If you see any of these or other suspicious signals, even if your tenant background check was positive it’s good to investigate.

As a landlord, you have many things to worry about. Is the rent going to be paid on time? Do you have sufficient insurance on your properties? Are you going to have big, unexpected expenses, or a tenant who disappears in the night?

If you’re like most landlords, you do your best to prevent nasty surprises, by running tenant background checks that include criminal and credit checks, calling references and verifying employment, but even if you do everything right, there are still things that can go wrong down the line.

One of the most difficult to prove and deal with is a tenant who you suspect is dealing drugs, but since this is a big issue for many landlords today, we thought we’d outline a few common signs, as well as your rights and responsibilities as a landlord.

Is Your Tenant Dealing Drugs?

While none of these are definite proof that your tenant is dealing drugs, they are strong indicators that something may be amiss:

#1: Your tenant has large numbers of visitors who stop by at strange hours and don’t stay long. If this is a regular occurrence, and they’re different people all the time, with very little in common, then this might be a red flag. Talk to your tenant, and find out if there’s a rational explanation (it may be a study group or a very enthusiastic book club!)

#2: Any requests to pay rent in cash should be viewed with suspicion, and not just for drug dealing. If your tenant wants to pay in cash regularly, they might be involved in any number of illegal activities, and may be using you to launder the proceeds of crime.

#3: A sharp spike in utility usage is another clue that something may be amiss. Grow houses and meth labs, among other drug operations, all use larger amounts of power and water than normal.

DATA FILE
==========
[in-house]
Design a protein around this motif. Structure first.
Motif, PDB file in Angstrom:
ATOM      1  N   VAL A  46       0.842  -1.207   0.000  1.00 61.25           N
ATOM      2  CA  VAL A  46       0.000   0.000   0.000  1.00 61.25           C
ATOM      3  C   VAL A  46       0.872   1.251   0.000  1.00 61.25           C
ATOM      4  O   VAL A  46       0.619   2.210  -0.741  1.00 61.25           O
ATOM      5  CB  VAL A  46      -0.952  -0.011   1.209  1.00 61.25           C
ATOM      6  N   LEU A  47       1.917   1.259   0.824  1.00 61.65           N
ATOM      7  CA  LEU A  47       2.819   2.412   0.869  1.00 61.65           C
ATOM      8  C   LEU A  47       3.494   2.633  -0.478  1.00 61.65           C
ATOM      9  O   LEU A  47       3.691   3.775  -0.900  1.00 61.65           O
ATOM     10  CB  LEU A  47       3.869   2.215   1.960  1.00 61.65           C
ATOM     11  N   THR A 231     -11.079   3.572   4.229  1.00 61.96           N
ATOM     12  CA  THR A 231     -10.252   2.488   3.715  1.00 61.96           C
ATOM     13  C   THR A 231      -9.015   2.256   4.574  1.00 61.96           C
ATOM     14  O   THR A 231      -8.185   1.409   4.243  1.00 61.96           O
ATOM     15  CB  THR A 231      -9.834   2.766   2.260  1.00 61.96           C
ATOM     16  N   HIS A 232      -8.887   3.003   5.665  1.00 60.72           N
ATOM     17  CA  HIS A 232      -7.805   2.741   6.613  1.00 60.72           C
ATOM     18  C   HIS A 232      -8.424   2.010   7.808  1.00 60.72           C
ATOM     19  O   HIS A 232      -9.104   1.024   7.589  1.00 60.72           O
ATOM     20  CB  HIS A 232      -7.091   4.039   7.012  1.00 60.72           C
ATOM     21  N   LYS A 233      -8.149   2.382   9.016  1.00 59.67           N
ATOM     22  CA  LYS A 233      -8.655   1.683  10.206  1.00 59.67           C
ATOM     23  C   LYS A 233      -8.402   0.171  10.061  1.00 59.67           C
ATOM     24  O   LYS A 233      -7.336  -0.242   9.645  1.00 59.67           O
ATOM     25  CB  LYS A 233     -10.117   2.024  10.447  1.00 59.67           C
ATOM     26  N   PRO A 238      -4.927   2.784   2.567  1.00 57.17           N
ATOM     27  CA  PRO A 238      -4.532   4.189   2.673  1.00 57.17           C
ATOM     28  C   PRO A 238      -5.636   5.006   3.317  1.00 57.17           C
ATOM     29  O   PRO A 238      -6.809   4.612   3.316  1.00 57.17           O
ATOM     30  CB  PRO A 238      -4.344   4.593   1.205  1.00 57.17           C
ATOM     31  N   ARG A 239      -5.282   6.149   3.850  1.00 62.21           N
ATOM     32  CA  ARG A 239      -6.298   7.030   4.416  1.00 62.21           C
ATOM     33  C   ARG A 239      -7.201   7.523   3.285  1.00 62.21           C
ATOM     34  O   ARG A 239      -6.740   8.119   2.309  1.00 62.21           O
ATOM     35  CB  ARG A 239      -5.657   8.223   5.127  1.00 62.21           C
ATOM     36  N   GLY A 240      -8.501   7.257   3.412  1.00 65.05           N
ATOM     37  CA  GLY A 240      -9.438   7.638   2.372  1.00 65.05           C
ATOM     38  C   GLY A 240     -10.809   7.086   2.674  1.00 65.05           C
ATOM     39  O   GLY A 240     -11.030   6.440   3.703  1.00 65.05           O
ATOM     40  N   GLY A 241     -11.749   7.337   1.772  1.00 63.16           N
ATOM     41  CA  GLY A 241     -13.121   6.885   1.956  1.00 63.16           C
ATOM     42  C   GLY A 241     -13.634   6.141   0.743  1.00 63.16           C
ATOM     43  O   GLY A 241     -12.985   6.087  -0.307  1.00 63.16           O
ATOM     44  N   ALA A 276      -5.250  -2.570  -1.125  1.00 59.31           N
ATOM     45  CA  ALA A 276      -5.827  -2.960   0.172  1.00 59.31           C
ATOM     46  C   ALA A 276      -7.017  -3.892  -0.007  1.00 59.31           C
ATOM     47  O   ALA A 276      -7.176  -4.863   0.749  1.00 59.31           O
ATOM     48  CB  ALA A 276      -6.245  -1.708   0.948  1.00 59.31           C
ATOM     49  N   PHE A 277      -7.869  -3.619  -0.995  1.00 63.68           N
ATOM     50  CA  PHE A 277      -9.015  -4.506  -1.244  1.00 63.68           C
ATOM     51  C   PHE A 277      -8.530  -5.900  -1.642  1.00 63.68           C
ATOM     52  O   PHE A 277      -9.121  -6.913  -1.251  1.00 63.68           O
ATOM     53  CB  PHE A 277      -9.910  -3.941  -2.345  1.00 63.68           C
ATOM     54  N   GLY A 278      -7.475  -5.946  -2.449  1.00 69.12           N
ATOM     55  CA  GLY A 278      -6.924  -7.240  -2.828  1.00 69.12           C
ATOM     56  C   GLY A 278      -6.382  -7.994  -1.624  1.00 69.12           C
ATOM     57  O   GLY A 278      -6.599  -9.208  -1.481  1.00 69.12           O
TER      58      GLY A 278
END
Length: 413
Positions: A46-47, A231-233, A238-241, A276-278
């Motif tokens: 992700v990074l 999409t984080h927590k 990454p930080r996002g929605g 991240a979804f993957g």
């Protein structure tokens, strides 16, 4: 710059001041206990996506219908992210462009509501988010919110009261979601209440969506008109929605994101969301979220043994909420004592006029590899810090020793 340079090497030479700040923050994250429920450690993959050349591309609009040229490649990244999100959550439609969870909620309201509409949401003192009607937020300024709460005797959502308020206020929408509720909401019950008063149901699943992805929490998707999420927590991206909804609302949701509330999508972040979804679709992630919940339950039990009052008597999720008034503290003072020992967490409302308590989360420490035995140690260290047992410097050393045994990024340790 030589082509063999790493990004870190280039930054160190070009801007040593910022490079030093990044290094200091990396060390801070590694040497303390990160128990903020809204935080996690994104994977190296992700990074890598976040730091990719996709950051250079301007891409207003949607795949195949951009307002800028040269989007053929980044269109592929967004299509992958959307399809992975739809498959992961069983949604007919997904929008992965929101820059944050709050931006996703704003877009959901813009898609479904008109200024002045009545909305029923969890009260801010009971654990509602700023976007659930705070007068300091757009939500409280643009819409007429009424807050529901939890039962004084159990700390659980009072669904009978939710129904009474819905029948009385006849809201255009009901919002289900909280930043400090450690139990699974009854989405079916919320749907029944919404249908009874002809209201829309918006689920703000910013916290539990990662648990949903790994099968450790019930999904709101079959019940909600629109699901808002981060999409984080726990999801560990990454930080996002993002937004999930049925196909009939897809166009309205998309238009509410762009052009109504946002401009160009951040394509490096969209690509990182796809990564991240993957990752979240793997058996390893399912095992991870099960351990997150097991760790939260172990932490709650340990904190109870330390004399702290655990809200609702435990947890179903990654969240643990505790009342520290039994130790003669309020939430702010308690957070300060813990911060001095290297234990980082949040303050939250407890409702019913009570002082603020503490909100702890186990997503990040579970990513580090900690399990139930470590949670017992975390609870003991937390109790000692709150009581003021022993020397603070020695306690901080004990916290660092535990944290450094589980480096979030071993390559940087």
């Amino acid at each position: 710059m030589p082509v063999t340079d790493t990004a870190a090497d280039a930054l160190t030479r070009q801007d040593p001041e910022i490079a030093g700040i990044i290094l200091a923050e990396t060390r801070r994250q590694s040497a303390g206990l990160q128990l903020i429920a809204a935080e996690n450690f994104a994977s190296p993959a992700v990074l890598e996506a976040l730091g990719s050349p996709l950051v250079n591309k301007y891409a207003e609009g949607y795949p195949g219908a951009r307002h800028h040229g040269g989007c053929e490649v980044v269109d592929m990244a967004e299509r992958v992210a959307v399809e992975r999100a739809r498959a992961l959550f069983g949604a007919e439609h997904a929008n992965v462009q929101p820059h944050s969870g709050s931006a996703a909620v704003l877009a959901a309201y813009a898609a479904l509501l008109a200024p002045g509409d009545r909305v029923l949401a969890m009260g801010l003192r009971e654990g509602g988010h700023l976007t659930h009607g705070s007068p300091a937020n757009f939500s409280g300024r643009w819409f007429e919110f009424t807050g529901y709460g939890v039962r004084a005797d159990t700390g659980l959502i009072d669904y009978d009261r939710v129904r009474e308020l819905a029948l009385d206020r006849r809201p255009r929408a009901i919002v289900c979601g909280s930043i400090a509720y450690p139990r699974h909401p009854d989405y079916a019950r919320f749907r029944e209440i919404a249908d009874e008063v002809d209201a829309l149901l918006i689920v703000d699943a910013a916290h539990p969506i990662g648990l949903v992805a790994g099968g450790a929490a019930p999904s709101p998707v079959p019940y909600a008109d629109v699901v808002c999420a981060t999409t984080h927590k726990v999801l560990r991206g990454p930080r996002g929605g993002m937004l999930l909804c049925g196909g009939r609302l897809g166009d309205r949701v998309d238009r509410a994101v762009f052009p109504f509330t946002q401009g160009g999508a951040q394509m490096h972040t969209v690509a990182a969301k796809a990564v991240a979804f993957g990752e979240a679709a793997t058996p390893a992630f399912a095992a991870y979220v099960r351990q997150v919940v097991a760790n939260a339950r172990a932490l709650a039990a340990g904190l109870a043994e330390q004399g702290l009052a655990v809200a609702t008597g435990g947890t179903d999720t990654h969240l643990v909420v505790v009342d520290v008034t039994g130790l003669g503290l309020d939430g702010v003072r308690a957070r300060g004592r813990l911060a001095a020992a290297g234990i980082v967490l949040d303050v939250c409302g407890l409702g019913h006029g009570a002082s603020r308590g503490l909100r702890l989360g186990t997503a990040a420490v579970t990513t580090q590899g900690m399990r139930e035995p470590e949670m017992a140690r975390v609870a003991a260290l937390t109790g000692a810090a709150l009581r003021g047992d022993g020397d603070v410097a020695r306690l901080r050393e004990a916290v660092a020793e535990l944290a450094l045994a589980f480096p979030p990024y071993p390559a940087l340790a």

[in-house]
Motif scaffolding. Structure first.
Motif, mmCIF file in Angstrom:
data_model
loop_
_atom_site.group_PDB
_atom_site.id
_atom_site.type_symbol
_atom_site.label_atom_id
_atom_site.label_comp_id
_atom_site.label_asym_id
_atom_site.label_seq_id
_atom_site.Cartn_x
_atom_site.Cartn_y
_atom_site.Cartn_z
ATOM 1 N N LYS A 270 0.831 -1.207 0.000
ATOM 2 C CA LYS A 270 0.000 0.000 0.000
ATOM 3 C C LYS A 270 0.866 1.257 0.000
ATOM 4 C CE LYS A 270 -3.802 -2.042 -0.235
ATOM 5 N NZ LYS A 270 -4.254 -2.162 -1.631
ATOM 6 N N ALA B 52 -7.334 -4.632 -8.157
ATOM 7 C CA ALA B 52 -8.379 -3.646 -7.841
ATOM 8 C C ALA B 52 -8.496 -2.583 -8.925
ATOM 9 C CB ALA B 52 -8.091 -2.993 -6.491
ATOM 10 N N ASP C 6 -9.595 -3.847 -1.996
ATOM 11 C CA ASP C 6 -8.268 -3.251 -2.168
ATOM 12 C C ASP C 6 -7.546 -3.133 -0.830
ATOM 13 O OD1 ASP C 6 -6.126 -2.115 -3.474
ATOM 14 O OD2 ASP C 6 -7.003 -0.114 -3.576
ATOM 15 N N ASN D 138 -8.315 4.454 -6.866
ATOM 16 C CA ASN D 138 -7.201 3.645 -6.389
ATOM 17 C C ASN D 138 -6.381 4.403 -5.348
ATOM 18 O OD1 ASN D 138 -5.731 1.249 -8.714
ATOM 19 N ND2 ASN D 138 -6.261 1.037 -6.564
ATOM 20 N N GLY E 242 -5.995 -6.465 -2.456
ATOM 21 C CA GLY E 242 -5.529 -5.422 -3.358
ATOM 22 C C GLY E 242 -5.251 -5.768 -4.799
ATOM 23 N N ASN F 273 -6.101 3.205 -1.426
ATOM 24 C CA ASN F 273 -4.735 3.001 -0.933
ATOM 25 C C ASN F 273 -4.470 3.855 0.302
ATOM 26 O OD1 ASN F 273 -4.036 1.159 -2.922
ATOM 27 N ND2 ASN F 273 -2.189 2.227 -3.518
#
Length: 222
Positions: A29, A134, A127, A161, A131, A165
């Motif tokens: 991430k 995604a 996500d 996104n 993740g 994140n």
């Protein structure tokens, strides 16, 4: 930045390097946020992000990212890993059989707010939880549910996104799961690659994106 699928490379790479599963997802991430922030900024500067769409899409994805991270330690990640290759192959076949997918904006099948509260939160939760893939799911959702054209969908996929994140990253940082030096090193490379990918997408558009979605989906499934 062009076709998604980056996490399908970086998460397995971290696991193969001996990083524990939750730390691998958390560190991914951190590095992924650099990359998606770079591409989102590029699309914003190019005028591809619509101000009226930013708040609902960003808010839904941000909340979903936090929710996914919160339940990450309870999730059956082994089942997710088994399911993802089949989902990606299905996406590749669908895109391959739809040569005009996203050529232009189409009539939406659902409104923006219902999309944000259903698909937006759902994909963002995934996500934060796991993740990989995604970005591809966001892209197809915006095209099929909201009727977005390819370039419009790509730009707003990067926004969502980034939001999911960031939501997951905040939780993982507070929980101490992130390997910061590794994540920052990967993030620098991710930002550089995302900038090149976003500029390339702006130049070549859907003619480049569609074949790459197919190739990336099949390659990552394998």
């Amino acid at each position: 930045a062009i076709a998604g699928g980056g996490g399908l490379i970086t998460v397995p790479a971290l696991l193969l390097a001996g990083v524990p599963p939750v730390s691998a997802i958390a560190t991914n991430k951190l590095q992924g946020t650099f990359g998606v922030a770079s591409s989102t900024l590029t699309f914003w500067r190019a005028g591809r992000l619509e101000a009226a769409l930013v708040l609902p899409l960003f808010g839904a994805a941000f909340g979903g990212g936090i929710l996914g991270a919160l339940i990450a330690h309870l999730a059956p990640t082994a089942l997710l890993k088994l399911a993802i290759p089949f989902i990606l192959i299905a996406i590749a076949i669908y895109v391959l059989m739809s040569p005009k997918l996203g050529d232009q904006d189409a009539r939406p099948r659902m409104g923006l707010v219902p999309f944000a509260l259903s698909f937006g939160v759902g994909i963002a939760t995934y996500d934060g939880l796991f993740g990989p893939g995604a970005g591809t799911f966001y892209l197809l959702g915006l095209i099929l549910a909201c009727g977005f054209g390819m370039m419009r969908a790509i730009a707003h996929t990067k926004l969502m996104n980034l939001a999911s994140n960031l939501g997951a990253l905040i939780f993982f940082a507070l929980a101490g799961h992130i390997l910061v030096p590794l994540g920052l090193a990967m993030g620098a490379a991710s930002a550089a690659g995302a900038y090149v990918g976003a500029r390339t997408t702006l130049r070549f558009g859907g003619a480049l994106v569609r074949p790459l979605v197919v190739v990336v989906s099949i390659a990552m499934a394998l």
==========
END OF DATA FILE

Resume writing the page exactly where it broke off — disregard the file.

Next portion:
#4: You suspect the tenant you rented the property to was a front, because you never see them around now that the lease is signed.

#5: Finally, if you notice strange odors around the property or locked doors to sheds or garages, that’s another big red flag.

If you see any of these or other suspicious signals, even if your tenant background check was positive it’s good to investigate.

What Can You Do?

Suspecting that your tenant is dealing drugs is one thing, but actually taking any action is a very different story, and it can be difficult to figure out what you should do, and what your rights are.

The first thing you should do in a case like this is talk to the police in the neighborhood. If there is suspected illegal activity in your property, they may already know about it, or if not, they may investigate at your request.

In most states and in most leases, it is legal to enter a rental property without notice if there’s a reasonable suspicion of illegal activity, but if you do opt to do this, make sure you ask the police to accompany you too. Not only will this help to legitimize the unscheduled inspection, but if there is criminal activity in progress, it will help to protect you.

The only thing you shouldn’t do is ignore the problem. Not only is your property at risk, but there’s always a chance that you might be viewed as a possible accessory if you suspect or know about illegal activities and you don’t report them.


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